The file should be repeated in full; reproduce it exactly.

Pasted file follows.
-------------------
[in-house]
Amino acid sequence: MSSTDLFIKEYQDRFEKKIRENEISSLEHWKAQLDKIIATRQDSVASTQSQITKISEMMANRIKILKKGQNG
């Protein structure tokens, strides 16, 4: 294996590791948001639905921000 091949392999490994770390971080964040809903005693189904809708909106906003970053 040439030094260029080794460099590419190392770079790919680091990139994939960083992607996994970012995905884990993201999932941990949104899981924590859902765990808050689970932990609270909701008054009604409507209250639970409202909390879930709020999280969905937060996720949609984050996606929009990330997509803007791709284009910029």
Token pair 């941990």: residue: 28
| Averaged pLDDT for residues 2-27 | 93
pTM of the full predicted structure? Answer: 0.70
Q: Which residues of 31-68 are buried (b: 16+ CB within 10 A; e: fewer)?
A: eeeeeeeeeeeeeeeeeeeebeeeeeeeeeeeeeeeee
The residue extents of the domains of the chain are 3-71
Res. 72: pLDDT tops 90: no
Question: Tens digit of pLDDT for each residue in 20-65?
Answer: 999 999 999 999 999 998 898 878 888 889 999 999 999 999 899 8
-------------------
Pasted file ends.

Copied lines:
[in-house]
Amino acid sequence: MSSTDLFIKEYQDRFEKKIRENEISSLEHWKAQLDKIIATRQDSVASTQSQITKISEMMANRIKILKKGQNG
């Protein structure tokens, strides 16, 4: 294996590791948001639905921000 091949392999490994770390971080964040809903005693189904809708909106906003970053 040439030094260029080794460099590419190392770079790919680091990139994939960083992607996994970012995905884990993201999932941990949104899981924590859902765990808050689970932990609270909701008054009604409507209250639970409202909390879930709020999280969905937060996720949609984050996606929009990330997509803007791709284009910029």
Token pair 């941990």: residue: 28
| Averaged pLDDT for residues 2-27 | 93
pTM of the full predicted structure? Answer: 0.70
Q: Which residues of 31-68 are buried (b: 16+ CB within 10 A; e: fewer)?
A: eeeeeeeeeeeeeeeeeeeebeeeeeeeeeeeeeeeee
The residue extents of the domains of the chain are 3-71
Res. 72: pLDDT tops 90: no
Question: Tens digit of pLDDT for each residue in 20-65?
Answer: 999 999 999 999 999 998 898 878 888 889 999 999 999 999 899 8